Friday, May 29, 2009

Truth or Consequences

Much has been written about the connections between Obama and ACORN and whether or not Obama broke any laws during his campaign by providing ACORN with his donor lists. Even if their were no illegalities between Obama and ACORN, the organization is extremely shady. Glenn Beck and Bill O'Reilly have been looking into the money aspect of ACORN. Forty percent of their funding comes from the taxpayers, and yet their financial books are unavailable to the public because the account in which the money is deposited is a private account. How does that work? They get taxpayer money, but aren't accountable to the taxpayers for how that money is spent? Glenn and Bill have their teeth in this story, and it doesn't sound as if they're about to let go until they get some answers. Good. Michelle Malkin also has been doing some research into ACORN, and she wrote an article today about her findings thus far.

There are consequences--good or bad-- to everything. This country and its citizens have been feeling the consequences of last year's presidential election. Presidential appointments to the Supreme Court are for life, so when an appointee makes judgements based not on the Constitution but on empathy and life experiences, the citizens have to deal with yet another consequence of the pathetic presidential choice that the majority voted in last November.

According to Title 28, Chapter I, Part 453 of the United States Code, each Supreme Court Justice takes the following oath:

"I, [NAME], do solemnly swear (or affirm) that I will administer justice without respect to persons, and do equal right to the poor and to the rich, and that I will faithfully and impartially discharge and perform all the duties incumbent upon me as [TITLE] under the Constitution and laws of the United States. So help me God."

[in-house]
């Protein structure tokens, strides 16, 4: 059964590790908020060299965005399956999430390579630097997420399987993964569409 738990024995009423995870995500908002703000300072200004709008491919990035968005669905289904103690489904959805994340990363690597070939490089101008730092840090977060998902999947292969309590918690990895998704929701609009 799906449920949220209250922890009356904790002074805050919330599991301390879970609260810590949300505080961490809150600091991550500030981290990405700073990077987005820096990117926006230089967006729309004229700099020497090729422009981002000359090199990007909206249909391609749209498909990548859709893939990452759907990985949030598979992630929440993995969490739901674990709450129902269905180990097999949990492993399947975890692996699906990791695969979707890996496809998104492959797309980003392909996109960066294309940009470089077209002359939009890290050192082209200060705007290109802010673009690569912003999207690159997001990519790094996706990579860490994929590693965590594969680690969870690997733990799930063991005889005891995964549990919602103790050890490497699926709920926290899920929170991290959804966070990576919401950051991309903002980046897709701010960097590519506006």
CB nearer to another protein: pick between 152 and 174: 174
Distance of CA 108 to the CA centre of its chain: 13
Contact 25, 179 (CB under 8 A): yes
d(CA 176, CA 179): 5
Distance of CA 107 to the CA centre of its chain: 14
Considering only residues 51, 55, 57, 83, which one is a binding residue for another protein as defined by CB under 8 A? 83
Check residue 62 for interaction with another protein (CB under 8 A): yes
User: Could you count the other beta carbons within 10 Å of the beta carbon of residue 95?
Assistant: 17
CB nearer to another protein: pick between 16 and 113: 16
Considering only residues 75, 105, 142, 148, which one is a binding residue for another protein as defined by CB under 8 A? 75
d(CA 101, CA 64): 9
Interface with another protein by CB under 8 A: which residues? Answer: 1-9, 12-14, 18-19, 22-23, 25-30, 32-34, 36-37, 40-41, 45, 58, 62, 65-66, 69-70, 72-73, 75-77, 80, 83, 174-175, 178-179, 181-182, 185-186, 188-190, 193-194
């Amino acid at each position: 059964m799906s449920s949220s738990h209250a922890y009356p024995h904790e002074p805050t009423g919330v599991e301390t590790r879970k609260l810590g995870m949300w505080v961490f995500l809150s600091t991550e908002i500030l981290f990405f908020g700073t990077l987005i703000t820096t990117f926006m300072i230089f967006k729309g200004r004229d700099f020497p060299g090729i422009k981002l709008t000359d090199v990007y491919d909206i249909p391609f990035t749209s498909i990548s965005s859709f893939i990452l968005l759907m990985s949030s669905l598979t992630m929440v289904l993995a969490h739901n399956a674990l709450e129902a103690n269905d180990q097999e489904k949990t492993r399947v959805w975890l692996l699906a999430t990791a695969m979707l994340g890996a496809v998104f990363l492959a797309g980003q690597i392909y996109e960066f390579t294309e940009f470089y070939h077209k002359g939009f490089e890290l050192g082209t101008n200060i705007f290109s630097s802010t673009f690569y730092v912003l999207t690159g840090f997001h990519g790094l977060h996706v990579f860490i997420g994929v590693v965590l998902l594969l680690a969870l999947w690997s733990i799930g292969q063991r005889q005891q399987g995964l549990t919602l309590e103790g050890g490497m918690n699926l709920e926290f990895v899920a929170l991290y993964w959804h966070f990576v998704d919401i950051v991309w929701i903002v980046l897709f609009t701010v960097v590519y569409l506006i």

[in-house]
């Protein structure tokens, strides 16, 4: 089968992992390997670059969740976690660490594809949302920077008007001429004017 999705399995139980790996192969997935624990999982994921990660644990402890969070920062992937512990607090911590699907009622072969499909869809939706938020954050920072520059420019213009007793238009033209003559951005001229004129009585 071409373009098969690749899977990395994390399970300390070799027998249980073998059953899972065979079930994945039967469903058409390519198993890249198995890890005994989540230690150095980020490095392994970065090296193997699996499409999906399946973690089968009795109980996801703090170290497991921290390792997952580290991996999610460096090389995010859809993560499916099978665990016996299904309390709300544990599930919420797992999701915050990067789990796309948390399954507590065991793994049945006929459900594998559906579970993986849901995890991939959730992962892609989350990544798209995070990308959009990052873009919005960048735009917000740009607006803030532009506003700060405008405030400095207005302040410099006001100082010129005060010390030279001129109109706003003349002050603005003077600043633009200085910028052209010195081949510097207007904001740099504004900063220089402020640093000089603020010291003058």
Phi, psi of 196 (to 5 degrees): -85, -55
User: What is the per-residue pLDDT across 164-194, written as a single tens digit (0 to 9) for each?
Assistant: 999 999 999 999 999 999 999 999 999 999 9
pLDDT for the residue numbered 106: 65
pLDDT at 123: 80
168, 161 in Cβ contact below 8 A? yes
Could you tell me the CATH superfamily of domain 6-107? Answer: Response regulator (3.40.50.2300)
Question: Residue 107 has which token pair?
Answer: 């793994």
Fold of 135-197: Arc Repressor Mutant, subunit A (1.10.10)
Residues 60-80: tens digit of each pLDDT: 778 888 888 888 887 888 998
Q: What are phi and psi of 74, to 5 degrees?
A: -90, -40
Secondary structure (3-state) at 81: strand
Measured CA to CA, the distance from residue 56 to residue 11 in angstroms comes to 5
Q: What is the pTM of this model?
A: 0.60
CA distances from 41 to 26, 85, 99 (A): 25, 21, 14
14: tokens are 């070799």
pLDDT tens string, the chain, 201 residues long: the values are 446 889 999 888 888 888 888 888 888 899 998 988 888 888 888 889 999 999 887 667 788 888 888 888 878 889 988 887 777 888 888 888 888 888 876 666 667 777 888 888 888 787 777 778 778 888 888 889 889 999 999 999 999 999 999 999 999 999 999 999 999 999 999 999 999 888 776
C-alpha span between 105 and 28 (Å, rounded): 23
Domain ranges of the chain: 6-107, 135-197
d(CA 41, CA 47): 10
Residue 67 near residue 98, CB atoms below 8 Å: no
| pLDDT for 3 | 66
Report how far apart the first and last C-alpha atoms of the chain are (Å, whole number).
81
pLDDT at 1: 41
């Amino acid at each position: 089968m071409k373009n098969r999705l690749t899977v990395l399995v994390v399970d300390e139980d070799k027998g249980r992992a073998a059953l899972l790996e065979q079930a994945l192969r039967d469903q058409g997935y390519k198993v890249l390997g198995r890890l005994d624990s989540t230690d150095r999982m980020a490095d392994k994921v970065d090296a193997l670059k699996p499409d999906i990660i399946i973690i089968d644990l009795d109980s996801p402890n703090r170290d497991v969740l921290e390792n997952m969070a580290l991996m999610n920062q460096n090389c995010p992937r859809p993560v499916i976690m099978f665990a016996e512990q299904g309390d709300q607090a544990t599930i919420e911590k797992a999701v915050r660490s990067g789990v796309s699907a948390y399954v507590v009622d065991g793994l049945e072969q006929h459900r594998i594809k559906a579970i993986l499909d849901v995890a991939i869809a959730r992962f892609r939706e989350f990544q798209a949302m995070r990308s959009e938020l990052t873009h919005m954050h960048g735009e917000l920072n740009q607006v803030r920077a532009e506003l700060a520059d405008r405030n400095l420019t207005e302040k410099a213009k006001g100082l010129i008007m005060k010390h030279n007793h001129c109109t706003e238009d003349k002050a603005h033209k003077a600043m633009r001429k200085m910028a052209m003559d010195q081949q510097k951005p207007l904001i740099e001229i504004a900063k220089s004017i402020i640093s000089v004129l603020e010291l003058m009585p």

So now Obama wants to appoint Sonia Sotomayer to the Supreme Court. Critics have pointed to her comments at a conference at Duke University in 2005, in which she seemed to imply that the role of appellate courts is to set policy, and to a 2001 speech published in the Berkeley La Raza Law Journal.

"Justice (Sandra Day) O'Connor has often been cited as saying that a wise old man and wise old woman will reach the same conclusion in deciding cases," Sotomayor is quoted in the journal as saying. "I am … not so sure that I agree with the statement. … I would hope that a wise Latina woman with the richness of her experiences would more often than not reach a better conclusion than a white male who hasn't lived that life," she said.

The statement is offensive, and it is also highly revealing. Then there's her recent decision in which Judge Sotomayor sided with the city of New Haven, Conn., in denying promotions to one Hispanic and 17 white firefighters who scored highest on promotion exams. They were denied because no African-Americans qualified. Her decision not only showed precious little wisdom but also, more importantly, ignored both civil rights law and constitutional equal protection. In this case, Sotomayor's empathy turned out to be little more than bias toward the outcome she preferred.

We are only four months into the Obama presidency, but the hits just keep on coming.

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